customer perceptions of the service quality, as well. When a customer perceives
that a venue is inappropriately crowded, this may adversely influence his or her
level of confidence and assurance in the ability of service personnel to provide a
quality experience (Hui & Bateson, 1991; Mattila & Hanks, 2012). Accordingly,
the density of the service environment is positioned as fundamental to the percep-
tion of the social servicescape. Thus,
Proposition 3: The social density of the service environment is a distinct reflection of
the social servicescape.
Measurements of the proposed first-order factors of the proposed construct
were organized in an electronic questionnaire and disseminated to users of
Amazon Mechanical Turk (MTurk) in the United States. Given the importance
of reaching a geographically diverse sample of restaurant consumers, MTurk
was deemed an appropriate sampling frame (see Buhrmester, Kwang, & Gosling,
2011, for a more detailed discussion of the use of MTurk). To begin, participants
were asked to recall their most recent (dinner) restaurant experience and to enter
the name of that restaurant into a text box. Because the purpose of this research
was to operationalize a phenomenon related to interpersonal social experiences
within the restaurant, participants were instructed not to consider carry out or
drive-through dining occasions. The name of the chosen restaurant was then
piped into the subsequent operational measurements to maintain context salience
176 JOURNAL OF HOSPITALITY & TOURISM RESEARCH
After providing a referent restaurant, the social servicescape of that restau-
rant was evoked through the following prompt:
To begin, please think about the other customers that also dine at [piped data:
selected restaurant] for dinner. Rather than thinking about any companions that
you may dine with, we would like you to think about the other customers in the
restaurant that you do not know. What do they look like? How are they dressed?
What adjectives would you use to describe them?
After reading the prompt, participants were asked to briefly describe
these other customers in open-ended format (i.e., text boxes). A similar pro-
cess was followed preceding the measurement of the employee services-
cape. These descriptive priming processes were designed to ensure that the
social servicescape was sufficiently evoked in the respondents’ minds prior
to measurement, thus helping minimize recall bias (Bradburn, Rips, &
The proposed third-order social servicescape construct was modeled to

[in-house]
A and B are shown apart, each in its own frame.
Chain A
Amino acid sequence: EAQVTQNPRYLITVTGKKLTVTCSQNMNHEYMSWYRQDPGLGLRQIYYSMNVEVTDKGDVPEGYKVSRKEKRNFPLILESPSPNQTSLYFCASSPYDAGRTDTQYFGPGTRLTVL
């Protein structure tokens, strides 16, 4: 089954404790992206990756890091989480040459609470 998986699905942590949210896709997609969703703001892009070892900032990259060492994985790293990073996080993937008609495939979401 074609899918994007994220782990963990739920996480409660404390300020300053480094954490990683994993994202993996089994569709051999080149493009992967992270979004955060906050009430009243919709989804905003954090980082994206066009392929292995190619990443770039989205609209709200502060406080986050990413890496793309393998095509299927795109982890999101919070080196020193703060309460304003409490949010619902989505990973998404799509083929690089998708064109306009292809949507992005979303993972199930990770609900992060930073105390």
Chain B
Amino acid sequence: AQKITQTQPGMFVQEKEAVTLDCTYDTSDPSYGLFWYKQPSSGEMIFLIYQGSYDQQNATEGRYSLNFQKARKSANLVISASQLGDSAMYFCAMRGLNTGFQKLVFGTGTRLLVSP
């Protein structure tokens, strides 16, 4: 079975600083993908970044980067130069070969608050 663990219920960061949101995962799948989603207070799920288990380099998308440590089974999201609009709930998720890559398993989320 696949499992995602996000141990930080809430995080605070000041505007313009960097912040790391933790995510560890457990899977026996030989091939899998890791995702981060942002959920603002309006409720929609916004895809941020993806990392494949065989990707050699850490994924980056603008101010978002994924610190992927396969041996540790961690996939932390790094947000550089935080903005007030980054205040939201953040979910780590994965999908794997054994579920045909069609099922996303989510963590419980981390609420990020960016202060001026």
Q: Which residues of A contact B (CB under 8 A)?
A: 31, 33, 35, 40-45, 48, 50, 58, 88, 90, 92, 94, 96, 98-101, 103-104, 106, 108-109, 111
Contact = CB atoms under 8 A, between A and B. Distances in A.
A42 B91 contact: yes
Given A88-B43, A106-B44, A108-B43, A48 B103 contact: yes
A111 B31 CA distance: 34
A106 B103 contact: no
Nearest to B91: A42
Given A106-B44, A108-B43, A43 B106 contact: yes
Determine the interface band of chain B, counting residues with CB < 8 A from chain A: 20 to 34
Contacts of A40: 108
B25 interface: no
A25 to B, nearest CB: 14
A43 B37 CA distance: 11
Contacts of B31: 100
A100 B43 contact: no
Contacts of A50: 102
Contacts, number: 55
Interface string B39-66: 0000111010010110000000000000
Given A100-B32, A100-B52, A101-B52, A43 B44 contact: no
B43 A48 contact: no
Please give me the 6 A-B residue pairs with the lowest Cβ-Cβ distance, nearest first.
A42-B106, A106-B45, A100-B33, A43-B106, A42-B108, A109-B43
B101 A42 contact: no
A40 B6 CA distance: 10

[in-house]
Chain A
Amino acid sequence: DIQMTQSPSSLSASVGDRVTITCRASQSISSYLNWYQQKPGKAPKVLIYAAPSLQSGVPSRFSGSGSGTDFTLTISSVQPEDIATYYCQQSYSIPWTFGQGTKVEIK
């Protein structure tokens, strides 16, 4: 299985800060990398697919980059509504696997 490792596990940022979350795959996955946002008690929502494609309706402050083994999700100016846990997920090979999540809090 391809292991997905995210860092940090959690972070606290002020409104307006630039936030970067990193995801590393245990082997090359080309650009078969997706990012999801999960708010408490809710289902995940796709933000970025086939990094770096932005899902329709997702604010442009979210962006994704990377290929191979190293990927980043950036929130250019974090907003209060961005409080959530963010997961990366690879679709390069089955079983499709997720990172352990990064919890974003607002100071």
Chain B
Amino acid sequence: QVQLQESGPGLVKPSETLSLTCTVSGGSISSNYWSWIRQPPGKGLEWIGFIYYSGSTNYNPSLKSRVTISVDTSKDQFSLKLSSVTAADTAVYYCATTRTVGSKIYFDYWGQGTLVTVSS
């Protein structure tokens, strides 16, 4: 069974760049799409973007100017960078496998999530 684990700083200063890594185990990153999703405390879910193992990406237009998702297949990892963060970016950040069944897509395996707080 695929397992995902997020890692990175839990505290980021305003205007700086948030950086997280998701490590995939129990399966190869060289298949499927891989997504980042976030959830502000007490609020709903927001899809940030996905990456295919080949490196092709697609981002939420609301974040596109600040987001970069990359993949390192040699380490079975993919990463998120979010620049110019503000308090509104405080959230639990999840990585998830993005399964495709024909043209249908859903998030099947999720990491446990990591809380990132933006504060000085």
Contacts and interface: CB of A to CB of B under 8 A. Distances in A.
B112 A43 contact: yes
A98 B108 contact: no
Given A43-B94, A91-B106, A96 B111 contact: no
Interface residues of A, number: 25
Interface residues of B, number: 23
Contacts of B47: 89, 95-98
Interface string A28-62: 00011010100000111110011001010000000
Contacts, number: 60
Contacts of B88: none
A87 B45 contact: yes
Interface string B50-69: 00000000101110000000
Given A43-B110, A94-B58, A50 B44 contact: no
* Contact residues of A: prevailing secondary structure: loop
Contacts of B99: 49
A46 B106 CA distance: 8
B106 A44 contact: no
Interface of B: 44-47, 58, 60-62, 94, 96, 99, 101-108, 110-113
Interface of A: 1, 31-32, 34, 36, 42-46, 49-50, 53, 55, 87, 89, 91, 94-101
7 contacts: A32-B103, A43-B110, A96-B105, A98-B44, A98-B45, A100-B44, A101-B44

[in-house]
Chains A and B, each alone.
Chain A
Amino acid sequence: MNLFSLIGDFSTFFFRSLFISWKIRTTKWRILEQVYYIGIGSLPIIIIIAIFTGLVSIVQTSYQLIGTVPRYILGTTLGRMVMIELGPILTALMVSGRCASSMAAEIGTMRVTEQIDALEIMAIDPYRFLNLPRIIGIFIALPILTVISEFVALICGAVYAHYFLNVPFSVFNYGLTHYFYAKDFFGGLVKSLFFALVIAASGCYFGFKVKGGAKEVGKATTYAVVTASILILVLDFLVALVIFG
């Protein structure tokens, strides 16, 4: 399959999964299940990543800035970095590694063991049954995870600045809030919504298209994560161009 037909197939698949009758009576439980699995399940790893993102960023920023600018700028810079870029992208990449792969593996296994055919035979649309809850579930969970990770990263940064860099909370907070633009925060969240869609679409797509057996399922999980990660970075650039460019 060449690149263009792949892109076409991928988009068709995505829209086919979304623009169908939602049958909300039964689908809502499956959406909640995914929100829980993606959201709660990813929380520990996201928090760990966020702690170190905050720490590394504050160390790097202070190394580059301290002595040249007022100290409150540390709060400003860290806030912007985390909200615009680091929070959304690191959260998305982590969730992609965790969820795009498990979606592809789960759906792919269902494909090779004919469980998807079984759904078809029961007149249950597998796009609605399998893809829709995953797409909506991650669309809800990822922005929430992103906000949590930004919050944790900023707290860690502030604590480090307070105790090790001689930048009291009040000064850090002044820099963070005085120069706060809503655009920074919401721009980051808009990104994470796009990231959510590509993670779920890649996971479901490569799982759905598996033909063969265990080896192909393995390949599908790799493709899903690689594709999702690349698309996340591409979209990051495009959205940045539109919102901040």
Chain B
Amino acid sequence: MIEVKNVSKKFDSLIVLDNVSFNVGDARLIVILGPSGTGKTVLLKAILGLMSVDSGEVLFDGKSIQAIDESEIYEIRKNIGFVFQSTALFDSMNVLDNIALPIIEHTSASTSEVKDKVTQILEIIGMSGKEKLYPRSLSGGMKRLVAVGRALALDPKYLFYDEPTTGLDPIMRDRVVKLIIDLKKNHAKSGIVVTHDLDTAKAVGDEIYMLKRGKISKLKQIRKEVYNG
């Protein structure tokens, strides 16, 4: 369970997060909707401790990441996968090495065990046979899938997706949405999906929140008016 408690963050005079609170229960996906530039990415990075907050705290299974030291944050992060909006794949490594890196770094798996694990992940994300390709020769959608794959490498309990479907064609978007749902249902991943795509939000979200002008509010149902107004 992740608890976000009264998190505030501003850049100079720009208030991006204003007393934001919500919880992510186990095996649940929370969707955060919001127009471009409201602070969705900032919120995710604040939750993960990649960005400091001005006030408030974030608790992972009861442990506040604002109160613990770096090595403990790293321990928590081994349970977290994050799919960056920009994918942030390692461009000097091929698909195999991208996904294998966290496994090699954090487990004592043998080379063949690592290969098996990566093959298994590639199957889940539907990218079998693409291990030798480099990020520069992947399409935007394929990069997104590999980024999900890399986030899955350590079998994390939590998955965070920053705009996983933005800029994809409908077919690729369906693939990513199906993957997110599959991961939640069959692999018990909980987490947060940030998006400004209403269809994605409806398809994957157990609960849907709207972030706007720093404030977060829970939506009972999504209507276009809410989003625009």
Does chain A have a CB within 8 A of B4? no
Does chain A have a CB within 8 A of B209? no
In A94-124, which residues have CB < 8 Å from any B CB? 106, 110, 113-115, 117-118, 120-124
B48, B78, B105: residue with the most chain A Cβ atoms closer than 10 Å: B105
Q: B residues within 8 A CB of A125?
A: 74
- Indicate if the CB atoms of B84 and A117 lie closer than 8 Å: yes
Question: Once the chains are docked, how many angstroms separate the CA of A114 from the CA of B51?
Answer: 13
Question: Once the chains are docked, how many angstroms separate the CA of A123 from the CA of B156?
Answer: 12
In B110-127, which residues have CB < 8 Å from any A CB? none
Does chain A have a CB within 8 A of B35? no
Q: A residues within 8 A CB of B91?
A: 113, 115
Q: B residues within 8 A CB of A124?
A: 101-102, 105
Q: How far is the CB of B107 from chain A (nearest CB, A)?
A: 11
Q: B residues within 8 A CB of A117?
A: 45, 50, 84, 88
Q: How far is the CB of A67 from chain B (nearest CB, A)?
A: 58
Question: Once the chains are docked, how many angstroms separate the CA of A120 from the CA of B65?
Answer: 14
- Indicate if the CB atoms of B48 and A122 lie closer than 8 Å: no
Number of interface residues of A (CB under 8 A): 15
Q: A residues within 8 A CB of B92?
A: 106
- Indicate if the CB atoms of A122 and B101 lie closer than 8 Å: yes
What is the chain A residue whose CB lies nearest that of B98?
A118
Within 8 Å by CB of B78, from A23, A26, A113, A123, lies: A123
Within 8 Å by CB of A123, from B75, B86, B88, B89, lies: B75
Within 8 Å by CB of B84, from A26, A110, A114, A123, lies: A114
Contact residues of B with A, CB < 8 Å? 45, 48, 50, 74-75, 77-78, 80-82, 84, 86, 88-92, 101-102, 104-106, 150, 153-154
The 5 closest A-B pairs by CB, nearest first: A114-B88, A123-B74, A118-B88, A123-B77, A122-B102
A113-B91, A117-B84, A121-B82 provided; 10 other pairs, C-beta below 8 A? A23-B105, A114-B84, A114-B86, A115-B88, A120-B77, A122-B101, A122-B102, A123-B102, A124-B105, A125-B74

include two second-order dimensions and one first-order dimension (as previ-
ously put forth in Figure 1). First, Brocato et al.’s (2012) other customer
scale, consisting of perceived similarity (α = .92), physical appearance (α = .80),
and suitable behavior (α = .77), was used to operationalize the second-order
customer servicescape construct. Likewise, this same scale was modified for
the operationalization of the employee servicescape. The modified scale fea-
tured the same operational structure and dimensionality (perceived similarity
[α = .93], physical appearance [α = .85], and suitable behavior [α = .92]), but
was in reference to the employees as opposed to the other customers. The
density construct (α = .96) was operationalized in accordance with Hanks,
Line and Kim’s (2017) recommendations.
Throughout the measurement process, a number of steps were taken to reduce
the potential effects of common method bias among the measured variables.
Specifically, efforts were made to minimize the effects of several of the most
common forms of methodologically related error as recommended by Podsakoff,
MacKenzie, Lee, and Podsakoff (2003). Additionally, two attention checks (e.g.,
“please choose ‘somewhat agree’ as your response to this statement”) were
embedded in the survey in an effort to reduce the incidence of yea-saying/nay-
saying among the respondents. Finally, recall bias was addressed through the
previously discussed priming process in which respondents were required to
describe the other diners at their selected restaurant. A Harman’s single-factor
test indicated that methodologically related biases were likely not a significant
source of error in the measurement process.
Line, Hanks / THE SOCIAL SERVICESCAPE 177
Profile of Participants
The sampling process resulted in a total of 1,143 responses. However, after
accounting for the aforementioned attention check items, 152 of these responses
were deemed spurious and subsequently deleted. In terms of sample characteris-